Legislation introduced in Senate to reauthorize AFG, SAFER
The grant programs are currently authorized through the end of the current fiscal year
WASHINGTON — On April 5, Senators John McCain (R-AZ), Thomas Carper (D-DE), Susan Collins (R-ME), and Jon Tester (D-MT) introduced legislation reauthorizing the Assistance to Firefighters Grant (AFG) and Staffing for Adequate Fire and Emergency Response (SAFER) grant programs. The bill, S. 829, extends the authorization for AFG and SAFER through FY 2023 and eliminates a “sunset” provision currently set to take effect in January 2018 that would eliminate the programs.
“I’d like to thank Senators McCain, Carper, Collins, and Tester for introducing legislation to reauthorize the AFG and SAFER grant programs,” said National Volunteer Fire Council (NVFC) Chair Kevin D. Quinn. “AFG and SAFER are lifelines for thousands of volunteer fire departments across the country that severely lack resources. Passage of this bill is absolutely critical to the nation’s volunteer emergency services and will be the NVFC’s top legislative priority this year.”
AFG and SAFER are competitive grant programs that provide matching funds in the form of direct grants to fire departments and non-fire-based EMS agencies to help them reach a baseline level of preparedness. Through AFG, local departments receive funding to purchase training, equipment, and apparatus as well as pay for health and safety programs. SAFER grants can be used to pay for hiring career firefighters or for recruiting and retaining volunteer firefighters.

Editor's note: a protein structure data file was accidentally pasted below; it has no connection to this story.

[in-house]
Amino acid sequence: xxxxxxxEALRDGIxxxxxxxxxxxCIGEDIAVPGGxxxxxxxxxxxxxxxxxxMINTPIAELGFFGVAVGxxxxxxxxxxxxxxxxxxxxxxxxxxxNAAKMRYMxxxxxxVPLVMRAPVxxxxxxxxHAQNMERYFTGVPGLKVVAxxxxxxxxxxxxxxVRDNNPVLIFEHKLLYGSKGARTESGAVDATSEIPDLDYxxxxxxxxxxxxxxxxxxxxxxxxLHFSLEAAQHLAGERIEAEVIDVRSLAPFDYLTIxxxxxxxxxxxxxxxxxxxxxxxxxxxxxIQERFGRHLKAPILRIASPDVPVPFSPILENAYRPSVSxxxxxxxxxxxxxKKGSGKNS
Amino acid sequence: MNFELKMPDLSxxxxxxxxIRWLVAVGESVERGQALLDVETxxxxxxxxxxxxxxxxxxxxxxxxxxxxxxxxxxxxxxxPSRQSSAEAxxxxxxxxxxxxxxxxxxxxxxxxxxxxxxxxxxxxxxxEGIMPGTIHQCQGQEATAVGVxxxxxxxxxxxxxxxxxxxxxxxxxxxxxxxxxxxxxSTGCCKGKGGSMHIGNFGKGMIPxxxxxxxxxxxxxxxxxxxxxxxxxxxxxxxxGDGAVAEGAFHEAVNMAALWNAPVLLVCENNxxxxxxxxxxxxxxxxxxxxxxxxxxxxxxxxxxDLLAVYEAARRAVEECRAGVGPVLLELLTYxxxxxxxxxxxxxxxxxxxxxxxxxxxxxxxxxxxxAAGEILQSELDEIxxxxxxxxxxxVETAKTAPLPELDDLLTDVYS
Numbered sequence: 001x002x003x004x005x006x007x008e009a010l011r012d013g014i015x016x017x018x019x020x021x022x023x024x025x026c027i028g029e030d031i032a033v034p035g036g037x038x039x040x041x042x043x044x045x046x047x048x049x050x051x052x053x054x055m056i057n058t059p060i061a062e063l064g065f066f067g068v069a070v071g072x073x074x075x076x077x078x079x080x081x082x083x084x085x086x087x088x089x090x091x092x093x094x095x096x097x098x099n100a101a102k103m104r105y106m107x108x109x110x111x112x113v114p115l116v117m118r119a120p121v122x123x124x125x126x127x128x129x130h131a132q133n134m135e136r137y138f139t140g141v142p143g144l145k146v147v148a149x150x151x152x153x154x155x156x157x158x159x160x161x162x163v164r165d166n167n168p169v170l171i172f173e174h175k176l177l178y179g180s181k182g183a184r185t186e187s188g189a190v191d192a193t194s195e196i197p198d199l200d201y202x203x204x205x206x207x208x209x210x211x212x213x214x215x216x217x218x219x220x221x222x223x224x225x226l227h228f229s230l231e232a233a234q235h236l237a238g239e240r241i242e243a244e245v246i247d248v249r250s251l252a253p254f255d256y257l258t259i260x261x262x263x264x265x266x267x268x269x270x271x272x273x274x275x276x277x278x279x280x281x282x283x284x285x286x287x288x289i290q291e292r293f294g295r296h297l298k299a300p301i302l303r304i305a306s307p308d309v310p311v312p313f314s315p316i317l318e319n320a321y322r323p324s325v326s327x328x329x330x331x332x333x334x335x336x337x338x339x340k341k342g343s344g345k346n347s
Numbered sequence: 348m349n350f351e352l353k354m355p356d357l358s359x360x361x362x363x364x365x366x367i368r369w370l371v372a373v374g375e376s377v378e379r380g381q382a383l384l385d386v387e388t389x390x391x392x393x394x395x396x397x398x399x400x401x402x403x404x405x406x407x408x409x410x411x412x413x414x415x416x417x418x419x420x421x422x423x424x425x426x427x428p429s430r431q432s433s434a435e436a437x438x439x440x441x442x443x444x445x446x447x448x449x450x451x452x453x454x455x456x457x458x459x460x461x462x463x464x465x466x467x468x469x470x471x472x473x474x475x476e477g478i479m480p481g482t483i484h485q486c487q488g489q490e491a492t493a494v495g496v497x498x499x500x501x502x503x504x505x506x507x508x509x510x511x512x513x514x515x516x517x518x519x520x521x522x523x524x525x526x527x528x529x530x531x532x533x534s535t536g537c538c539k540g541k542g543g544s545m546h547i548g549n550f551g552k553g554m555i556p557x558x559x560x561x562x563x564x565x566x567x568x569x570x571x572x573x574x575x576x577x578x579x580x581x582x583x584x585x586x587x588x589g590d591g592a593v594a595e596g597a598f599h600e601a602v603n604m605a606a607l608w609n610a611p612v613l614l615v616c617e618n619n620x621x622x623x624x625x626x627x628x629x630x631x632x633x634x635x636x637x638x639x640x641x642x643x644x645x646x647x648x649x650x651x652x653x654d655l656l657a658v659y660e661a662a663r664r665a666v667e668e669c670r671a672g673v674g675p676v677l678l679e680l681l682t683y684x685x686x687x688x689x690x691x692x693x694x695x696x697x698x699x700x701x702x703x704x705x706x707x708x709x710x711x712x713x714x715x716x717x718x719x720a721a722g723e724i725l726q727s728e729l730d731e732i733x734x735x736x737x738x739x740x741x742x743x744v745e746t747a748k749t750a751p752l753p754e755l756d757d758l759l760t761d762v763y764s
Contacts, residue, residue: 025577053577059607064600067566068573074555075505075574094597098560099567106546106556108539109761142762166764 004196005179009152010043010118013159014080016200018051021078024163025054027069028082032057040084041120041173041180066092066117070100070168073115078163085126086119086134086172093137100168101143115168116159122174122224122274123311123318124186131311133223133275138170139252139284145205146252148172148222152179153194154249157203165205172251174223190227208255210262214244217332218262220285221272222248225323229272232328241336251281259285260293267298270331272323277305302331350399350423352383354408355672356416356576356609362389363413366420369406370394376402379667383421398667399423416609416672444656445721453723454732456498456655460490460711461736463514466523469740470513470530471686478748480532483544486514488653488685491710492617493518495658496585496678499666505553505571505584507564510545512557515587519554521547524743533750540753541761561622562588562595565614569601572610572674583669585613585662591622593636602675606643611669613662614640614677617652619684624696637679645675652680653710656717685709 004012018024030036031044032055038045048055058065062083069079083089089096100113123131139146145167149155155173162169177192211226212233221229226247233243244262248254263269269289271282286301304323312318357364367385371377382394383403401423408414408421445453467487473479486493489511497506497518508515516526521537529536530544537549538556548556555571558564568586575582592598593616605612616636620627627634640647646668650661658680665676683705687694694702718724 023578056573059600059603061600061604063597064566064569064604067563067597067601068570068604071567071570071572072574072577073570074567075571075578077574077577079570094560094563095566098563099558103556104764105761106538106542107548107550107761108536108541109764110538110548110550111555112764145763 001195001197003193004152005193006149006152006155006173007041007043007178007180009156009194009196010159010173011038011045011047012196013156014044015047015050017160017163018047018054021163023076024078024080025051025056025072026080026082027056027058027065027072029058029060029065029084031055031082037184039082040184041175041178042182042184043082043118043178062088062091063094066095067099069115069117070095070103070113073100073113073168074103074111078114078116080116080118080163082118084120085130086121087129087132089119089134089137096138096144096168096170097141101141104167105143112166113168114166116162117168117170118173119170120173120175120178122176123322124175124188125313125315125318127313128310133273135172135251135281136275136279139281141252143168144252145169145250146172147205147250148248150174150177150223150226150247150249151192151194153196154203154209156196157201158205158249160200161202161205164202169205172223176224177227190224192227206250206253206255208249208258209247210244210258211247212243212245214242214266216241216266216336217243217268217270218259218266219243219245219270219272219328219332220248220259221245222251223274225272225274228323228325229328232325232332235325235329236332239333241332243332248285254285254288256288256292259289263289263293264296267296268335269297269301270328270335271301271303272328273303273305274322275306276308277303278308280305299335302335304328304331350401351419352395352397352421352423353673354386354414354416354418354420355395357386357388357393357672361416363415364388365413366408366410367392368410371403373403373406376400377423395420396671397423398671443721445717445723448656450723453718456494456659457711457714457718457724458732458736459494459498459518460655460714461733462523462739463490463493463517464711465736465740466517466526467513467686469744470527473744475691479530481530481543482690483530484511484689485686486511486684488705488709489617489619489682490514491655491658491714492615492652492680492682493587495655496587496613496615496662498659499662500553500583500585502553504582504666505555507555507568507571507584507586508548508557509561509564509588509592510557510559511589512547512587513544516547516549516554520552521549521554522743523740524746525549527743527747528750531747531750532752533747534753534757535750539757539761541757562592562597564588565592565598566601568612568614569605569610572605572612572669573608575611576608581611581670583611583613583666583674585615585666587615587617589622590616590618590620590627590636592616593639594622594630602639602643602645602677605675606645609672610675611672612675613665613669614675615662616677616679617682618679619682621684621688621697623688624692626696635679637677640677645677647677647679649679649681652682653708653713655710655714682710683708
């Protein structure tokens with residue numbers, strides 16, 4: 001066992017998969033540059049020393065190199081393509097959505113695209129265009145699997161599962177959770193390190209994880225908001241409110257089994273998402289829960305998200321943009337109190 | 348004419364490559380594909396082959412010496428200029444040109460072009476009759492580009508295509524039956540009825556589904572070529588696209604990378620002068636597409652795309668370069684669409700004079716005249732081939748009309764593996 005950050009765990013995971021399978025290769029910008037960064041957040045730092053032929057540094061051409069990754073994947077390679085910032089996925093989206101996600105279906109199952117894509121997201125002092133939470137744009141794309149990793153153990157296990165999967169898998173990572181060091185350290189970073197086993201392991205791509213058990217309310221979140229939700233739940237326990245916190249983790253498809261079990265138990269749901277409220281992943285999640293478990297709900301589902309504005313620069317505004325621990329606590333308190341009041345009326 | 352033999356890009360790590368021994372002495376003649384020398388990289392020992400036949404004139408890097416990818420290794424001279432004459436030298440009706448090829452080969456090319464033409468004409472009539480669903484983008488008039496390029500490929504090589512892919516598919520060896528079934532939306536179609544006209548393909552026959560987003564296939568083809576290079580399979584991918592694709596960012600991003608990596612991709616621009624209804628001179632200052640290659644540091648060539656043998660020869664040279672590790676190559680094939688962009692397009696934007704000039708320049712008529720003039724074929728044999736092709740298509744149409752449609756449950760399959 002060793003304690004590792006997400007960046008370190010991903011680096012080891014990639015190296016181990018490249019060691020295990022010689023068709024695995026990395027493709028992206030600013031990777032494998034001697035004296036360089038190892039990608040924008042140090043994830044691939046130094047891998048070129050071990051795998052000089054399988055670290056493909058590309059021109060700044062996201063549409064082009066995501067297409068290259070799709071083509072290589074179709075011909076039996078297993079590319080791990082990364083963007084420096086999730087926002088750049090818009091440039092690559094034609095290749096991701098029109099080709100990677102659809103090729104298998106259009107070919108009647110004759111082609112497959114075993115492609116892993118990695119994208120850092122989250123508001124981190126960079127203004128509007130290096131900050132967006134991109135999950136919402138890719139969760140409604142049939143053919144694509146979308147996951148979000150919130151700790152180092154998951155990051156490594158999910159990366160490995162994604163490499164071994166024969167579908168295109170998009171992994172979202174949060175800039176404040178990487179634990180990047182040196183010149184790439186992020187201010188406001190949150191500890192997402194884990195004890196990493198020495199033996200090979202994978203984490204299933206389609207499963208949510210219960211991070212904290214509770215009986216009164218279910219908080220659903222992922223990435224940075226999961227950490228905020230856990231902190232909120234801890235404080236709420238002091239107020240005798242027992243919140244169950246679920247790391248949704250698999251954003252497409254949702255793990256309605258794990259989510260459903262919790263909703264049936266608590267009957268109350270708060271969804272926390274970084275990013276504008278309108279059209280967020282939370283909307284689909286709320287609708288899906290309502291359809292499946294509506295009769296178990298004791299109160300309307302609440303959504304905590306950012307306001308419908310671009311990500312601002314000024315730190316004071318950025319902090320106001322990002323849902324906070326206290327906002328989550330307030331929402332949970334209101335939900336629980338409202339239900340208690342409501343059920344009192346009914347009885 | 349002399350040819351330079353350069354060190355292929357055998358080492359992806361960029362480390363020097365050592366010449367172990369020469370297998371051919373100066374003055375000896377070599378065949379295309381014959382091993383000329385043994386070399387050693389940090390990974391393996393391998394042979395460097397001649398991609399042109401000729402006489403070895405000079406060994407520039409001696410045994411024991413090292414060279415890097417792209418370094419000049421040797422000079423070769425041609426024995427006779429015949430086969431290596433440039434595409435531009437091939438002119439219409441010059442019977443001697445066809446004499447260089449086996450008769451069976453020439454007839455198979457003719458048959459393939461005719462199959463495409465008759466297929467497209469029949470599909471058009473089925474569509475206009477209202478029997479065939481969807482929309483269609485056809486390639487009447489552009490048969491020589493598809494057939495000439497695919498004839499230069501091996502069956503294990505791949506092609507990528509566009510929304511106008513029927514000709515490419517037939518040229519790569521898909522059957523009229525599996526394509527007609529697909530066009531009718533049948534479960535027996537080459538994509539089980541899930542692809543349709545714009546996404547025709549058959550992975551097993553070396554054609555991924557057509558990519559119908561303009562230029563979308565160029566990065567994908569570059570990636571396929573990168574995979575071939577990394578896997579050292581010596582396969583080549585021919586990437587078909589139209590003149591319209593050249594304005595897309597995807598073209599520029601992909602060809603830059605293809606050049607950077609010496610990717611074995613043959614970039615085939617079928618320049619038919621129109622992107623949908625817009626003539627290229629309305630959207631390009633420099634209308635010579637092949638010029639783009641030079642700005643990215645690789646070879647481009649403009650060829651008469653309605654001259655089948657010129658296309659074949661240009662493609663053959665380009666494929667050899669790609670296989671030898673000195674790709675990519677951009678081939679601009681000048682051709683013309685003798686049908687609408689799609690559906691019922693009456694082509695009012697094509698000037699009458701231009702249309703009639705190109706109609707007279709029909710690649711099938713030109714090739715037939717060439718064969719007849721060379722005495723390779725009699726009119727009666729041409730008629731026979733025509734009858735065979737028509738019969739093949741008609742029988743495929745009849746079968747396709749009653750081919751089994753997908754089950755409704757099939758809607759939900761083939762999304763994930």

AFG and SAFER funding is allocated based on grant criteria that the Federal Emergency Management Agency (FEMA) establishes and updates each year after convening a group of stakeholders from national fire service organizations like the NVFC to provide formal input. FEMA then convenes peer review panels comprised of firefighters from across the country who volunteer their time to rank grant applications. This collaborative process ensures that AFG and SAFER funds are spent effectively.
National needs assessment studies consistently show that agencies serving small communities lack up-to-date equipment and training by wide margins compared with fire departments serving larger, more densely-populated communities. As costs continue to rise, it is a struggle for many departments to afford to replace worn-out gear and keep up with rising training requirements.
Volunteer fire departments also face significant staffing challenges that are closely related to the transformation taking place across rural America. Since 2000, the proportion of firefighters over the age of 50 serving in communities with populations of 2,500 or fewer residents has surged from 18.9 percent to 31 percent.